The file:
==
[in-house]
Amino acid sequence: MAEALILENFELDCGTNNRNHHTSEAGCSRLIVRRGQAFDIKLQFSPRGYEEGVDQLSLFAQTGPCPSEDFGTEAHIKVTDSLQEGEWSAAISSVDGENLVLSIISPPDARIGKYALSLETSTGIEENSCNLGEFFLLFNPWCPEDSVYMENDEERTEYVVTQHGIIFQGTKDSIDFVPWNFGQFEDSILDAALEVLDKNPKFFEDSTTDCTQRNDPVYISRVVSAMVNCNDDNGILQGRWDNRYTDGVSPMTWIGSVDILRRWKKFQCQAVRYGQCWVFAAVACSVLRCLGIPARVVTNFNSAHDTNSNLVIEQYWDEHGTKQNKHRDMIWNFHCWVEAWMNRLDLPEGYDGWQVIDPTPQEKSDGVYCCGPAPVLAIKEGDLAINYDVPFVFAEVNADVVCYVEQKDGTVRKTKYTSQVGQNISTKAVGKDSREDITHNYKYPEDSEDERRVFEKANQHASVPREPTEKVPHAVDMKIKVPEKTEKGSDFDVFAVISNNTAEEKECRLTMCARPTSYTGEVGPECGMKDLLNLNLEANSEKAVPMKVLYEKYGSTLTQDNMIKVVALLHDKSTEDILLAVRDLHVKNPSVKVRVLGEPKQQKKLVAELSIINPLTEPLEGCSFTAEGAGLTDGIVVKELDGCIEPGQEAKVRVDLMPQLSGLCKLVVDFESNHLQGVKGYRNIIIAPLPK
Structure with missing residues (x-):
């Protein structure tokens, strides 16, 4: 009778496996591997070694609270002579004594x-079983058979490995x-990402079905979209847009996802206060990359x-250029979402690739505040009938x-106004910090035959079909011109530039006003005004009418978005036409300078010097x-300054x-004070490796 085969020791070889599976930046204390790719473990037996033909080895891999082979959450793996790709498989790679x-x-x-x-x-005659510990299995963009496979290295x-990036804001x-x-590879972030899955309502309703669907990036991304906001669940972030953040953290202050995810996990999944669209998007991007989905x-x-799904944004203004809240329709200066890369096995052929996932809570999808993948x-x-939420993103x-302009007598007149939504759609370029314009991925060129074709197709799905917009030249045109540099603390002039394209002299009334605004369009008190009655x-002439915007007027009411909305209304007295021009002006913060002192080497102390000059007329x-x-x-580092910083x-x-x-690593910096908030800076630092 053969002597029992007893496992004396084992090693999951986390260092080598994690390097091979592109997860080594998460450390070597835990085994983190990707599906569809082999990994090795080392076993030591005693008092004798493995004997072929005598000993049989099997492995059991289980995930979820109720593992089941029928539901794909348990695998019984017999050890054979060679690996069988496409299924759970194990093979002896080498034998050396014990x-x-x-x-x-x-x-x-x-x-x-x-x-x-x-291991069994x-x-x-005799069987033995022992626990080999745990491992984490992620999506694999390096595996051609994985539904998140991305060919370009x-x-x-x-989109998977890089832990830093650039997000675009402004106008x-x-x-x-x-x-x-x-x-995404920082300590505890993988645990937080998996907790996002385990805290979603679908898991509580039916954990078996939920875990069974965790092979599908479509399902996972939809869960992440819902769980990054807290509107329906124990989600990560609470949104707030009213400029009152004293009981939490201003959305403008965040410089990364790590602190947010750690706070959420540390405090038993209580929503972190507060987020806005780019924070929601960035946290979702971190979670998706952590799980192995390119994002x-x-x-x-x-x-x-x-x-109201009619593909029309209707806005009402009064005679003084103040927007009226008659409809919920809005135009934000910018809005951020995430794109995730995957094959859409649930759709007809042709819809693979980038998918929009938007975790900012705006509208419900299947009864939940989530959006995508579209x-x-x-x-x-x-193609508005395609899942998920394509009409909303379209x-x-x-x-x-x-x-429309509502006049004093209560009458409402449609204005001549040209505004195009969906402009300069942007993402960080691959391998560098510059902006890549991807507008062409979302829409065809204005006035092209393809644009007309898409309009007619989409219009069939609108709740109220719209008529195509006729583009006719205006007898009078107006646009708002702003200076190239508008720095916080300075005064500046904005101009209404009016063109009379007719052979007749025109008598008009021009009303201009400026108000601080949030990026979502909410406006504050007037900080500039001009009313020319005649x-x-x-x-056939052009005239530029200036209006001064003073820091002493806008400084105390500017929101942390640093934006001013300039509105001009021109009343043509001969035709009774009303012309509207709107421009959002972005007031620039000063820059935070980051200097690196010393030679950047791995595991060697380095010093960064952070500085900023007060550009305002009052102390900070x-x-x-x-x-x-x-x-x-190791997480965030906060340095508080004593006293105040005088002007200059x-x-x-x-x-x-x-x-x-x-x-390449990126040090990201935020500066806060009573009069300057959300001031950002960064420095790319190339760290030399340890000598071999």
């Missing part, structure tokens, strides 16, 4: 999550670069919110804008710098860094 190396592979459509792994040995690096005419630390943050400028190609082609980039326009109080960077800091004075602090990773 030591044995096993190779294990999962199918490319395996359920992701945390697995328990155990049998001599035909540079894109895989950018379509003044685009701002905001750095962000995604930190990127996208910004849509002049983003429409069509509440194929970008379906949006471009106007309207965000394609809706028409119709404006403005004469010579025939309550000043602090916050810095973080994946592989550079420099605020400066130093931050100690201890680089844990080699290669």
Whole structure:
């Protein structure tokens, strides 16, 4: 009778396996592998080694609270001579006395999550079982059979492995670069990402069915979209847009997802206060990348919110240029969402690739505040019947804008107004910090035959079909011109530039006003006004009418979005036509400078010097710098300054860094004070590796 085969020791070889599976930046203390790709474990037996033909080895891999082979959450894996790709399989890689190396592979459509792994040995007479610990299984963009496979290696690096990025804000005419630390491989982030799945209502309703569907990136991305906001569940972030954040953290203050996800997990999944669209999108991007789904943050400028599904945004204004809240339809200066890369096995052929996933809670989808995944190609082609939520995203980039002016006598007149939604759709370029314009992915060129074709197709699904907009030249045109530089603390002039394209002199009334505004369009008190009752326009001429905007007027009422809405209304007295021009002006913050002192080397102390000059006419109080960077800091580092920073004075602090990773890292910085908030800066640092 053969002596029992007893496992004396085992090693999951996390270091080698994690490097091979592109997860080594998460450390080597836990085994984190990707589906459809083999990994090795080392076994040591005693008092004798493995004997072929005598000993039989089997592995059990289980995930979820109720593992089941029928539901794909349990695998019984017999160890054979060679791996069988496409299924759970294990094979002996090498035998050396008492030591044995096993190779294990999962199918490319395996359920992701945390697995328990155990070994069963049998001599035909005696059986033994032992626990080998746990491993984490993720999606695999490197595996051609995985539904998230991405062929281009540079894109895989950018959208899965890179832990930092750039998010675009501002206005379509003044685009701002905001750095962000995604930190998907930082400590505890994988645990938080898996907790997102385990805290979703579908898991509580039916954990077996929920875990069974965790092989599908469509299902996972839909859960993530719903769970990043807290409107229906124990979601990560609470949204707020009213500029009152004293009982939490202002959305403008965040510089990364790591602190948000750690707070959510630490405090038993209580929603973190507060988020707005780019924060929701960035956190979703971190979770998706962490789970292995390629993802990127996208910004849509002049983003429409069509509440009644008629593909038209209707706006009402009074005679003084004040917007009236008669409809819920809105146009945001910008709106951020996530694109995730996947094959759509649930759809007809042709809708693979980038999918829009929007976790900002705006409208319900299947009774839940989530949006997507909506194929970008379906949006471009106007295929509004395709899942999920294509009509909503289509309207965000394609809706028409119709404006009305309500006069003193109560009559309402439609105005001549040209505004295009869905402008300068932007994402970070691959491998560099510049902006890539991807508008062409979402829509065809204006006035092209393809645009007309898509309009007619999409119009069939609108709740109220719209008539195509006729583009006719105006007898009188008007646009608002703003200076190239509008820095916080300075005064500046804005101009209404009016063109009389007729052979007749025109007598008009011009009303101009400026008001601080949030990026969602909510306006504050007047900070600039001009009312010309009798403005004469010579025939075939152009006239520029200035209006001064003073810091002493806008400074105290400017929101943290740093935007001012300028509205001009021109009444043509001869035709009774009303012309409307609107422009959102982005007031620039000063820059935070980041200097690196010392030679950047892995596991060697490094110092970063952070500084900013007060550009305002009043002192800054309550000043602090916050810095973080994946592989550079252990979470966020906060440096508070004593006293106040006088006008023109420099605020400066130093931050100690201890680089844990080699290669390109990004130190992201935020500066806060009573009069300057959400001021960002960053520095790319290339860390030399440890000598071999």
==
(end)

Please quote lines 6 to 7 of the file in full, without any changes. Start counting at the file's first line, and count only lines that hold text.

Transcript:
Whole structure:
């Protein structure tokens, strides 16, 4: 009778396996592998080694609270001579006395999550079982059979492995670069990402069915979209847009997802206060990348919110240029969402690739505040019947804008107004910090035959079909011109530039006003006004009418979005036509400078010097710098300054860094004070590796 085969020791070889599976930046203390790709474990037996033909080895891999082979959450894996790709399989890689190396592979459509792994040995007479610990299984963009496979290696690096990025804000005419630390491989982030799945209502309703569907990136991305906001569940972030954040953290203050996800997990999944669209999108991007789904943050400028599904945004204004809240339809200066890369096995052929996933809670989808995944190609082609939520995203980039002016006598007149939604759709370029314009992915060129074709197709699904907009030249045109530089603390002039394209002199009334505004369009008190009752326009001429905007007027009422809405209304007295021009002006913050002192080397102390000059006419109080960077800091580092920073004075602090990773890292910085908030800066640092 053969002596029992007893496992004396085992090693999951996390270091080698994690490097091979592109997860080594998460450390080597836990085994984190990707589906459809083999990994090795080392076994040591005693008092004798493995004997072929005598000993039989089997592995059990289980995930979820109720593992089941029928539901794909349990695998019984017999160890054979060679791996069988496409299924759970294990094979002996090498035998050396008492030591044995096993190779294990999962199918490319395996359920992701945390697995328990155990070994069963049998001599035909005696059986033994032992626990080998746990491993984490993720999606695999490197595996051609995985539904998230991405062929281009540079894109895989950018959208899965890179832990930092750039998010675009501002206005379509003044685009701002905001750095962000995604930190998907930082400590505890994988645990938080898996907790997102385990805290979703579908898991509580039916954990077996929920875990069974965790092989599908469509299902996972839909859960993530719903769970990043807290409107229906124990979601990560609470949204707020009213500029009152004293009982939490202002959305403008965040510089990364790591602190948000750690707070959510630490405090038993209580929603973190507060988020707005780019924060929701960035956190979703971190979770998706962490789970292995390629993802990127996208910004849509002049983003429409069509509440009644008629593909038209209707706006009402009074005679003084004040917007009236008669409809819920809105146009945001910008709106951020996530694109995730996947094959759509649930759809007809042709809708693979980038999918829009929007976790900002705006409208319900299947009774839940989530949006997507909506194929970008379906949006471009106007295929509004395709899942999920294509009509909503289509309207965000394609809706028409119709404006009305309500006069003193109560009559309402439609105005001549040209505004295009869905402008300068932007994402970070691959491998560099510049902006890539991807508008062409979402829509065809204006006035092209393809645009007309898509309009007619999409119009069939609108709740109220719209008539195509006729583009006719105006007898009188008007646009608002703003200076190239509008820095916080300075005064500046804005101009209404009016063109009389007729052979007749025109007598008009011009009303101009400026008001601080949030990026969602909510306006504050007047900070600039001009009312010309009798403005004469010579025939075939152009006239520029200035209006001064003073810091002493806008400074105290400017929101943290740093935007001012300028509205001009021109009444043509001869035709009774009303012309409307609107422009959102982005007031620039000063820059935070980041200097690196010392030679950047892995596991060697490094110092970063952070500084900013007060550009305002009043002192800054309550000043602090916050810095973080994946592989550079252990979470966020906060440096508070004593006293106040006088006008023109420099605020400066130093931050100690201890680089844990080699290669390109990004130190992201935020500066806060009573009069300057959400001021960002960053520095790319290339860390030399440890000598071999």